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Articles Blog

Filtering by Tag: Nha Trang - Vietnam

Nha Trang, Vietnam

Karyn Planett

It’s all About the Beach

Well, not totally because a lot of history played out here but many of today’s travelers come to Nha Trang mainly for the sun, the sand, the sea, and the scene. Some spend their entire holiday right here, hunkered down in the golden-sand shade of a grass umbrella while others visit important destinations like Ho Chi Minh City, some 200 miles away. It’s a great jumping-off point because Nha Trang lies right on the country’s central coast. Perhaps that’s why the players of the Champa Dynasty selected it as the center of their power. During this period it was called Kauthara.

Power players and more call Nha Trang home today as the population grows at an uncountable rate annually. The city is also the capital of the Khánh Hòa Province. Tourism is a hot industry and many people come to participate in its growth. Hotels and entertainment venues line the three-mile-long crescent-shaped beach that nestles up against a backdrop of hills and rocky outcroppings. Some estimates are that the population, at the moment, is hovering near the half-million mark with continued growth projected for the near future. And this number doesn’t even count the backpackers, ship passengers, vacation package travelers and the very fashionable jet-abouts who spend time in the luxury resorts.

Among these visitors are American history buffs, as well as Vietnam veterans, who remember that neighboring My Keah Beach was once known as China Beach, a famous recreational base for the U.S. military during the Vietnam War.

Time to Explore

Travelers must plan their time wisely because there is much to see, not so much time to see it in, and traffic can be an issue when trying to move about and make deadlines. Nonetheless, you’ve come halfway around the world to be here so select those sites that suit your interests. Among them is the Ponagar Pagoda (also spelled Po Nagar). It’s an important destination dating back to the 2nd-century AD, though references vary widely on this with same marking 781 A.D. as an important date in the construction of the complex. The brick temple rises above the sea, on Mt. Cu Lao and draws both ethnic Chinese and Vietnamese Buddhists who come to worship and make offerings. As the Cham people ruled the country for about ten centuries, their temples and architectural style is visible across the land. Some experts believe their roots are based in Indian Buddhism; hence some design consistencies between Po Nagar and Angkor Wat, in Cambodia. The temple features views of the surrounding area and the Cai River. Should you choose to visit, you will probably be asked to remove your shoes.

Another place of note is the Long Son Pagoda, built in 1886 just at the base of Trai Truy Mountain. After a powerful cyclone in 1900, the pagoda was actually relocated. Here, you’ll find a towering white Buddha figure up a climb of 250 steps. Standing 70 feet tall, the statue keeps a watchful eye on the surrounding area.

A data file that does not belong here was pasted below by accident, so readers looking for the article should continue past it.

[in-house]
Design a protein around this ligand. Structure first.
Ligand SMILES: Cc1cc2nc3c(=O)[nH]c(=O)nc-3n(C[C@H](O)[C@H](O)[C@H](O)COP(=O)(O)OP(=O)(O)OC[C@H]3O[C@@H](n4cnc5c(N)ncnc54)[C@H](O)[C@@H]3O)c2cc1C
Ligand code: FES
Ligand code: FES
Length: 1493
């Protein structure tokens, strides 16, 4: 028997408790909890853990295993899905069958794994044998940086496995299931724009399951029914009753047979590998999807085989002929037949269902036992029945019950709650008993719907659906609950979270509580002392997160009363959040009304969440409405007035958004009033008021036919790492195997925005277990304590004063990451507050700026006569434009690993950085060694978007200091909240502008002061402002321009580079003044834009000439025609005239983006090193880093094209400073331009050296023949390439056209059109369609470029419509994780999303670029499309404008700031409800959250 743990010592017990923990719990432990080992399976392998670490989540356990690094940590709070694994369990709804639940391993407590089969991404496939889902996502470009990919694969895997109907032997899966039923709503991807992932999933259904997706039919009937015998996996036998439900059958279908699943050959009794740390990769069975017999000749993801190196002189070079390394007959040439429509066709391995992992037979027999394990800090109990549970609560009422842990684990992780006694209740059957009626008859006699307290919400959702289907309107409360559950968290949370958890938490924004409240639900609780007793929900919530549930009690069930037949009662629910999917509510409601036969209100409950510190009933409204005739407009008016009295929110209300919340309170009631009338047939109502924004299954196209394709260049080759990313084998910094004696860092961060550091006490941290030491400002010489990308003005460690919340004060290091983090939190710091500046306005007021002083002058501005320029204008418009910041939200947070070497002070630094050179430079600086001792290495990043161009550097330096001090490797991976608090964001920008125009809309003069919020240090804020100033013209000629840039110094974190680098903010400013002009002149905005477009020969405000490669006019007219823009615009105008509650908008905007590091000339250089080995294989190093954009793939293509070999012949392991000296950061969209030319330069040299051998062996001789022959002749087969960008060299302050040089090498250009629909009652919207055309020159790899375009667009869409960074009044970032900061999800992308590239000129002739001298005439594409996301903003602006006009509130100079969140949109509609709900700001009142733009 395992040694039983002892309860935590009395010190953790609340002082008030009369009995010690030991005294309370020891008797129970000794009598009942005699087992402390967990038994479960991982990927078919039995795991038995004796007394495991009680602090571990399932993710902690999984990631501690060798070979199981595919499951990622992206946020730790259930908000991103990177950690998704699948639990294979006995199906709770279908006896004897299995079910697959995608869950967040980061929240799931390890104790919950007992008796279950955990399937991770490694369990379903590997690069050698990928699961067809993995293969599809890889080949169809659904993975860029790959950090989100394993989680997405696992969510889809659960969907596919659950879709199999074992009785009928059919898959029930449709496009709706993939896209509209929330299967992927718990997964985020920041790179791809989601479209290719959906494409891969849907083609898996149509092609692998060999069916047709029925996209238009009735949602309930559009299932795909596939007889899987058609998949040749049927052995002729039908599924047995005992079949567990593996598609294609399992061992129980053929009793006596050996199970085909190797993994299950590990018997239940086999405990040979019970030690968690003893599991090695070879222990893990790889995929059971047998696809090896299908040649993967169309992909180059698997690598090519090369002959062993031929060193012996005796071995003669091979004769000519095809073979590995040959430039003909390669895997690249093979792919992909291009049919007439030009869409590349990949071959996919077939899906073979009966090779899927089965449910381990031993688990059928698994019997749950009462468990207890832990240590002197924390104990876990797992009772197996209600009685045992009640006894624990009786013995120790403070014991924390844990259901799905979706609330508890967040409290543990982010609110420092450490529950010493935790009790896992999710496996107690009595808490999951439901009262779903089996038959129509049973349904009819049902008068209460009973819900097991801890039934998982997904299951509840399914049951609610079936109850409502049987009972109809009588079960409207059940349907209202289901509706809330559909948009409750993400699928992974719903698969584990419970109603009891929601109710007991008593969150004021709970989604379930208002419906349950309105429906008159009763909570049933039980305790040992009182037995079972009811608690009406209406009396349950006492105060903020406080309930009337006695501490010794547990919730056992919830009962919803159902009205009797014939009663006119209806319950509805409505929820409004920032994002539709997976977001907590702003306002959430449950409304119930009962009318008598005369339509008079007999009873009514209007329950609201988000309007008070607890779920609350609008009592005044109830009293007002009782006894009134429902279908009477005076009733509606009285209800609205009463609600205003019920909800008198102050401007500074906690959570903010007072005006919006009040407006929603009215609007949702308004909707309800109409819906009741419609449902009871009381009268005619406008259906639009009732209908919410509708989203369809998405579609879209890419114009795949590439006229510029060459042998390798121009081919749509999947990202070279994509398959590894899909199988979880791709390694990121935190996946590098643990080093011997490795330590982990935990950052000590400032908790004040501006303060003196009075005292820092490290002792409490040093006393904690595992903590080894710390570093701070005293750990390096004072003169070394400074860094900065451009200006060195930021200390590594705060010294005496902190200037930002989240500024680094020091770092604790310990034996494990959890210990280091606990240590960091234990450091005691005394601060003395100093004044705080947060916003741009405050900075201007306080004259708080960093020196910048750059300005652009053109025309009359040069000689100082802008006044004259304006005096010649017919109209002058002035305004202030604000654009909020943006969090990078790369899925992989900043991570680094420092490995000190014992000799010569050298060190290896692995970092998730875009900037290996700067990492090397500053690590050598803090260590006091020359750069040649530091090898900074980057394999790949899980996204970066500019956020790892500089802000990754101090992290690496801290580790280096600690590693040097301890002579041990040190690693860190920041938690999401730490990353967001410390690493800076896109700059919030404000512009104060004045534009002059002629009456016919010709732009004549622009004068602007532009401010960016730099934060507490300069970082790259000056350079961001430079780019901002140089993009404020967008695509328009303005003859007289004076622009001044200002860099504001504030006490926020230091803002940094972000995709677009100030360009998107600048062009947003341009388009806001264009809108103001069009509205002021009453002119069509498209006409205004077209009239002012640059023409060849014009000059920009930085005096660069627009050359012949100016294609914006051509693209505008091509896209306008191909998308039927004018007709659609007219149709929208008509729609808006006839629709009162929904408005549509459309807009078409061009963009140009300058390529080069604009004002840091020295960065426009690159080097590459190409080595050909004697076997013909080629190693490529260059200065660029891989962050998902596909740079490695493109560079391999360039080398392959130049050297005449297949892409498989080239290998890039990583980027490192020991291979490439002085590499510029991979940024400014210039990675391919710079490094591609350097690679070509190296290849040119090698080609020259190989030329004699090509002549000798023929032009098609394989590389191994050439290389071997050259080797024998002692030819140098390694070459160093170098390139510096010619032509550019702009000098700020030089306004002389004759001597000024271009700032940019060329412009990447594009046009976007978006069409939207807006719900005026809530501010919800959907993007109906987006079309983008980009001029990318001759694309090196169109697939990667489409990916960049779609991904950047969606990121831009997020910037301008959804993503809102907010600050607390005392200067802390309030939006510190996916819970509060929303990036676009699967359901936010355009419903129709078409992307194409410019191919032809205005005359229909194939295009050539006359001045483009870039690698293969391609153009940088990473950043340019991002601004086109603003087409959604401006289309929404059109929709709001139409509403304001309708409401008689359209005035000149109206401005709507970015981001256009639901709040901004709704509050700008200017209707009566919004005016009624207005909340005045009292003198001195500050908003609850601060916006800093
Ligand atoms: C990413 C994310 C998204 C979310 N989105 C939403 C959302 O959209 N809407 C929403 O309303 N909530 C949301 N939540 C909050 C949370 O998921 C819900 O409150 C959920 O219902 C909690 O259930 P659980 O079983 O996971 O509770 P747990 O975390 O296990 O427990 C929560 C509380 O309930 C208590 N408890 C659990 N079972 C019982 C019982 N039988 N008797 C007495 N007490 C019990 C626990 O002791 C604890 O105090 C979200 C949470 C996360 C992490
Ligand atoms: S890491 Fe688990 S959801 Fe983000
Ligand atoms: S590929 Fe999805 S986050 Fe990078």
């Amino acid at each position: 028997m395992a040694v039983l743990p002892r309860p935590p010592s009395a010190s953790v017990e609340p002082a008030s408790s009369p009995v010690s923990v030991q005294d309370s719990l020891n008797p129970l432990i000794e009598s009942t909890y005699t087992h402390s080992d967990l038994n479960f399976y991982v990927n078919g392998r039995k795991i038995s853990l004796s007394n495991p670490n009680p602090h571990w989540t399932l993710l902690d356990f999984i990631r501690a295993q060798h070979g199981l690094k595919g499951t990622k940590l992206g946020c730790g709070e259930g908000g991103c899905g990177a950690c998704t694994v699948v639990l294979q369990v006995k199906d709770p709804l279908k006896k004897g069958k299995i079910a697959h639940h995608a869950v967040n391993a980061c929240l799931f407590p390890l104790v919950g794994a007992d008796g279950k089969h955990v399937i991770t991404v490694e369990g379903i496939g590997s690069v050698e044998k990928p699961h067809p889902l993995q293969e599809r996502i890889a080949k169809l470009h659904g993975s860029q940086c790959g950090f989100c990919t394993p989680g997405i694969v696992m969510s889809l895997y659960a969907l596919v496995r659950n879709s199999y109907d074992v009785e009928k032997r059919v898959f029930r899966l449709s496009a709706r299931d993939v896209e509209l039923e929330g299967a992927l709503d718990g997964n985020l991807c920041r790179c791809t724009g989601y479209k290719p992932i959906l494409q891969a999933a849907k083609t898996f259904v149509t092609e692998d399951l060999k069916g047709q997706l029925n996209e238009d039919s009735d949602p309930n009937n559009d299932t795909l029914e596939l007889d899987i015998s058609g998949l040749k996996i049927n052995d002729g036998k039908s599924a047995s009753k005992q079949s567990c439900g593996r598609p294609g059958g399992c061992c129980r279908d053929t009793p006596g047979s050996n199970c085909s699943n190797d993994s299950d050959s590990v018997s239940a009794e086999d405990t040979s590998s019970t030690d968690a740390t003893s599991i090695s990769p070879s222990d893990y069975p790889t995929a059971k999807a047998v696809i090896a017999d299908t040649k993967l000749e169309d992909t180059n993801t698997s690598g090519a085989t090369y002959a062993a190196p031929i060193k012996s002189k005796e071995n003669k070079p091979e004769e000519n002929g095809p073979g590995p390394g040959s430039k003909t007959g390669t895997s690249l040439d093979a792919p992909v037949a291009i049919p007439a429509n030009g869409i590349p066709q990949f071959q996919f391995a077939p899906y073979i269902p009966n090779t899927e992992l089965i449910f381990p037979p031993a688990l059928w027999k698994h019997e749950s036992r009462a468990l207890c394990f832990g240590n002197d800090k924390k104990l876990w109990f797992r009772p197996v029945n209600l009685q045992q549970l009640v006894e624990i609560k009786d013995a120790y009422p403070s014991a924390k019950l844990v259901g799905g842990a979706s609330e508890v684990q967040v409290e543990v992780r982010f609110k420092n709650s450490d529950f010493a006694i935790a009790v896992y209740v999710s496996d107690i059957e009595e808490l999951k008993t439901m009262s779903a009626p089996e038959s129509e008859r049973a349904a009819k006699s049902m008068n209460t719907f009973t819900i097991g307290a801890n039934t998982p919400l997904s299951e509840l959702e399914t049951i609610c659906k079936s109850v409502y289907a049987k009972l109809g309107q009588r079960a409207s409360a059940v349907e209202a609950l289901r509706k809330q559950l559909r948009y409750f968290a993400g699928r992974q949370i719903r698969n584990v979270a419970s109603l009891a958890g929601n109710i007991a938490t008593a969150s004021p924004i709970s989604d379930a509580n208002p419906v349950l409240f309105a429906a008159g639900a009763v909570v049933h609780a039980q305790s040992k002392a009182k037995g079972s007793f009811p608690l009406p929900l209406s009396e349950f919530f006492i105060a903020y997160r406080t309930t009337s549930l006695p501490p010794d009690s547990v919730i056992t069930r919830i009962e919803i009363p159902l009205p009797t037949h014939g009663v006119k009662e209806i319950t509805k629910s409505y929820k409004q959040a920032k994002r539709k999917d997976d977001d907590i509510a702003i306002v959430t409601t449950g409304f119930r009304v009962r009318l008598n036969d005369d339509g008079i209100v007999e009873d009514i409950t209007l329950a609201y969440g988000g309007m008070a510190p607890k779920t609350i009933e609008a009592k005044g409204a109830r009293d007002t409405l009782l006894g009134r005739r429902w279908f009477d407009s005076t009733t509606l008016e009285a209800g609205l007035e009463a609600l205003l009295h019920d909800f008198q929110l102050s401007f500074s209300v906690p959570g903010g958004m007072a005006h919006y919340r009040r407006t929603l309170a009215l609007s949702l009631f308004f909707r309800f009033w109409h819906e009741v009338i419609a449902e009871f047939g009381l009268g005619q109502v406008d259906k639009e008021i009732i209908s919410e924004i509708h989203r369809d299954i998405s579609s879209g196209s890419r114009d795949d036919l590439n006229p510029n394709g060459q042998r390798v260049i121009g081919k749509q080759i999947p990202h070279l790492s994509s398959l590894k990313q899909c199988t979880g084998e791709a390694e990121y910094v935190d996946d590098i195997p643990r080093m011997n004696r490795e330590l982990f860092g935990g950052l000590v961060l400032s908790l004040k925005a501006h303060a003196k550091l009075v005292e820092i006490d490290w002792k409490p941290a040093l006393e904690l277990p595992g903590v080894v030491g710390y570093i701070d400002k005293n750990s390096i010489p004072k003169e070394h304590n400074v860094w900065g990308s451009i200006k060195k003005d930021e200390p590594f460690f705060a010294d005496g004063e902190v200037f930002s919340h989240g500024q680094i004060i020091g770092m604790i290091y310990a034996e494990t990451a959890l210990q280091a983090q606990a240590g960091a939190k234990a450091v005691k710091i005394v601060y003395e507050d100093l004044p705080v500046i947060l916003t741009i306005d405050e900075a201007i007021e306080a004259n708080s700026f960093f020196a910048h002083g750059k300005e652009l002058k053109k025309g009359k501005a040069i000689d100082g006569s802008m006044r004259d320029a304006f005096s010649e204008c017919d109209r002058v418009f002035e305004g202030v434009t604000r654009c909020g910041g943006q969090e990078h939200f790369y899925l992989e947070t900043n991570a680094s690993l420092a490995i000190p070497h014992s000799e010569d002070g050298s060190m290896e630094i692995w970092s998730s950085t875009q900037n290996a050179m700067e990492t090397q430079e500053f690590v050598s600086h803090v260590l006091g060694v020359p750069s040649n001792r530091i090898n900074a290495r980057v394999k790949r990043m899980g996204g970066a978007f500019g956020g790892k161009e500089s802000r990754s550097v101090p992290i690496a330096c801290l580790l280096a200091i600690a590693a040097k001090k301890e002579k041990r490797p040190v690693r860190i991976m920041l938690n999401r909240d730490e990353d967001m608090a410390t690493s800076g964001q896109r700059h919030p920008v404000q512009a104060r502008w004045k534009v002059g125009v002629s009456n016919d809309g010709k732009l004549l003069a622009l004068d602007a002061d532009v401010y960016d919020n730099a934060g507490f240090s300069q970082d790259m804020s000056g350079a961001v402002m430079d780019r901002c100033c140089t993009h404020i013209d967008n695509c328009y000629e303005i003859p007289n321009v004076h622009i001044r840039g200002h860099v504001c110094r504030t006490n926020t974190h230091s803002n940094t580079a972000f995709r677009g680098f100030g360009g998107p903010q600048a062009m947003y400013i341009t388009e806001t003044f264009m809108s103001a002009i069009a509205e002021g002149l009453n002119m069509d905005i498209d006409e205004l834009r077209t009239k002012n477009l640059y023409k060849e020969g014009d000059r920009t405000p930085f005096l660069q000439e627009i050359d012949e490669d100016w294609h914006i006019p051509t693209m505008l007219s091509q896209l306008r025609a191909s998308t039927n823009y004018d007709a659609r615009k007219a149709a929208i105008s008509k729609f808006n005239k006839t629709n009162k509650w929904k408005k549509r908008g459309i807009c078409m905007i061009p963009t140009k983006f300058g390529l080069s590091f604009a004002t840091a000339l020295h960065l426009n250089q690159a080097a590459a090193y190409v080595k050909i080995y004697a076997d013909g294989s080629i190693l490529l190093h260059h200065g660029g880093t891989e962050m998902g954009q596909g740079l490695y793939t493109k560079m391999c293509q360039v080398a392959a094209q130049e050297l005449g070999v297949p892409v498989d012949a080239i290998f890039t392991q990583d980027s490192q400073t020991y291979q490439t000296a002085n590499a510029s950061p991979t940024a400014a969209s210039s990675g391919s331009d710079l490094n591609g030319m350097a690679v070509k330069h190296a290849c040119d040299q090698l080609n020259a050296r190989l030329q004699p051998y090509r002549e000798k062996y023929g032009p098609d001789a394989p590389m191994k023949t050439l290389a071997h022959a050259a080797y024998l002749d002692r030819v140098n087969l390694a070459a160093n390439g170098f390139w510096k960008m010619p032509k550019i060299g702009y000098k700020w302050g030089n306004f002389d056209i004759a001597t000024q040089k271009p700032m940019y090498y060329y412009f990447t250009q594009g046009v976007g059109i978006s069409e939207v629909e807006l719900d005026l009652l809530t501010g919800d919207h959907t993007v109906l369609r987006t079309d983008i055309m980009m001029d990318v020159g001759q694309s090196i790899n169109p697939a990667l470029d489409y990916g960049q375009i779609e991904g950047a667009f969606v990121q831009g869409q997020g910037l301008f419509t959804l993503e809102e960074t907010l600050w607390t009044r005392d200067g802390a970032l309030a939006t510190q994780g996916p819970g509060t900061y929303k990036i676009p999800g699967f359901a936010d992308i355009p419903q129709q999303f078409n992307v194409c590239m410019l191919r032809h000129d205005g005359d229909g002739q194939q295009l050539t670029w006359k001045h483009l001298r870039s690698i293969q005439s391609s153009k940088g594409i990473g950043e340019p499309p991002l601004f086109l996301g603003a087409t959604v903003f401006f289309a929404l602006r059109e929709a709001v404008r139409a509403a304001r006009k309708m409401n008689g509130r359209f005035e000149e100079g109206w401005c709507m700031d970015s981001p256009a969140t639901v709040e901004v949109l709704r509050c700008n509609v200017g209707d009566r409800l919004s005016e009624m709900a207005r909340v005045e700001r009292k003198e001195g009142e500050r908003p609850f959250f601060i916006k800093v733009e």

One chapter of this country’s important history is tied to the French. Their influence is felt in the cuisine, the lifestyle, the architecture and the language. The Nha Tho Nui Cathedral is known by many names such as the Stone Cathedral, King Cathedral, Nha Trang Church, Nui (Mountain) Church or Sga Sau Church. Whatever you call it, know its origins date back to a priest named Louis Vallet and it features stained glass windows, a bell tower and a graceful exterior.

Other Places to See

Many cities revolve around bustling marketplaces and Nha Trang’s market is one such venue. Among the many curiosities on offer include an exotic display of fruits and vegetables unfamiliar to most of us.  In addition, there will be a variety of fresh seafood plucked from the sea, often that very morning. Hand-embroidered silk clothing, conical hats (also known as non la leaf hats), ao dai, the tradition national costume, sand pictures, wooden clogs called gyoc moc, and a range of musical instruments that have been played in this countryside for generations. Bamboo flutes are fun and easy to pack, certainly much easier than the conical hat.

Before it’s time to leave Nha Trang behind, reflect on the events of the past that occurred here yet affected many nations thousands of miles away. Pause, remember, but do engage the people of Nha Trang, especially the young who are bent on making the best lives for themselves that they can. See their elders fishing at the Xom Bong pier perhaps also thinking of the past yet looking to the future. This is an historic city with a vibrant future and you are witness to it all.

Special note:  There are several spellings for many sites. Ask someone to write in Vietnamese the name of the place you wish to visit if you are sightseeing independently. Additionally, allow extra time to move about, as traffic can be quite heavy.